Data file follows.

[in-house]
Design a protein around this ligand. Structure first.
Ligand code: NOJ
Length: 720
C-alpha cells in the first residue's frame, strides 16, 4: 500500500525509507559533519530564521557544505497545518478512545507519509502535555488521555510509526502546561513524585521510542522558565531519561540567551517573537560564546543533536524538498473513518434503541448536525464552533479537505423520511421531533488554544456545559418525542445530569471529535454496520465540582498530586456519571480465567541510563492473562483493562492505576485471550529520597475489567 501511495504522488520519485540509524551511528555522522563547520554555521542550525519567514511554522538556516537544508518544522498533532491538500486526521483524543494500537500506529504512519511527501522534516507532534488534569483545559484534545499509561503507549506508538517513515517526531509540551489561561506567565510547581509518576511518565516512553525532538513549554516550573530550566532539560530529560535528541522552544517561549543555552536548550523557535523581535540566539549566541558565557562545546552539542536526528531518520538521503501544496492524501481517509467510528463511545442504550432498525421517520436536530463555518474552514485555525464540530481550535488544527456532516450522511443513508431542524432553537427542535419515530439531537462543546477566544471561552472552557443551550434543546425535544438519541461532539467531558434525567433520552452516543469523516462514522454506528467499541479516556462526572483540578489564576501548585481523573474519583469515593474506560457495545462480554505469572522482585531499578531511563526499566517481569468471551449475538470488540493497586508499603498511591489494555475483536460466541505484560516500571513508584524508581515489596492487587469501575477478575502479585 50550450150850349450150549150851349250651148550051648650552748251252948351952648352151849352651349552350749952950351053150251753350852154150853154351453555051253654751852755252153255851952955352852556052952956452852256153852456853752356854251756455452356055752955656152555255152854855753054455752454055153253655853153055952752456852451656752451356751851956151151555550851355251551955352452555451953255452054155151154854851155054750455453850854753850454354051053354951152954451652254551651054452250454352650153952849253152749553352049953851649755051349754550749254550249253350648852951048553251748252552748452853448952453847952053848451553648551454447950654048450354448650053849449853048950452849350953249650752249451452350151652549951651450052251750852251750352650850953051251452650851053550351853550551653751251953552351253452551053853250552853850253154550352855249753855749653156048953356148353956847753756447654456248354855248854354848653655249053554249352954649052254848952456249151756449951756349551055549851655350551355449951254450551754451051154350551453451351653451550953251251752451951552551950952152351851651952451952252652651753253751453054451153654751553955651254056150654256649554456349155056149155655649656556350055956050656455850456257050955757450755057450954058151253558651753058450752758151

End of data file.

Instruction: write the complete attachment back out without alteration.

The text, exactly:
[in-house]
Design a protein around this ligand. Structure first.
Ligand code: NOJ
Length: 720
C-alpha cells in the first residue's frame, strides 16, 4: 500500500525509507559533519530564521557544505497545518478512545507519509502535555488521555510509526502546561513524585521510542522558565531519561540567551517573537560564546543533536524538498473513518434503541448536525464552533479537505423520511421531533488554544456545559418525542445530569471529535454496520465540582498530586456519571480465567541510563492473562483493562492505576485471550529520597475489567 501511495504522488520519485540509524551511528555522522563547520554555521542550525519567514511554522538556516537544508518544522498533532491538500486526521483524543494500537500506529504512519511527501522534516507532534488534569483545559484534545499509561503507549506508538517513515517526531509540551489561561506567565510547581509518576511518565516512553525532538513549554516550573530550566532539560530529560535528541522552544517561549543555552536548550523557535523581535540566539549566541558565557562545546552539542536526528531518520538521503501544496492524501481517509467510528463511545442504550432498525421517520436536530463555518474552514485555525464540530481550535488544527456532516450522511443513508431542524432553537427542535419515530439531537462543546477566544471561552472552557443551550434543546425535544438519541461532539467531558434525567433520552452516543469523516462514522454506528467499541479516556462526572483540578489564576501548585481523573474519583469515593474506560457495545462480554505469572522482585531499578531511563526499566517481569468471551449475538470488540493497586508499603498511591489494555475483536460466541505484560516500571513508584524508581515489596492487587469501575477478575502479585 50550450150850349450150549150851349250651148550051648650552748251252948351952648352151849352651349552350749952950351053150251753350852154150853154351453555051253654751852755252153255851952955352852556052952956452852256153852456853752356854251756455452356055752955656152555255152854855753054455752454055153253655853153055952752456852451656752451356751851956151151555550851355251551955352452555451953255452054155151154854851155054750455453850854753850454354051053354951152954451652254551651054452250454352650153952849253152749553352049953851649755051349754550749254550249253350648852951048553251748252552748452853448952453847952053848451553648551454447950654048450354448650053849449853048950452849350953249650752249451452350151652549951651450052251750852251750352650850953051251452650851053550351853550551653751251953552351253452551053853250552853850253154550352855249753855749653156048953356148353956847753756447654456248354855248854354848653655249053554249352954649052254848952456249151756449951756349551055549851655350551355449951254450551754451051154350551453451351653451550953251251752451951552551950952152351851651952451952252652651753253751453054451153654751553955651254056150654256649554456349155056149155655649656556350055956050656455850456257050955757450755057450954058151253558651753058450752758151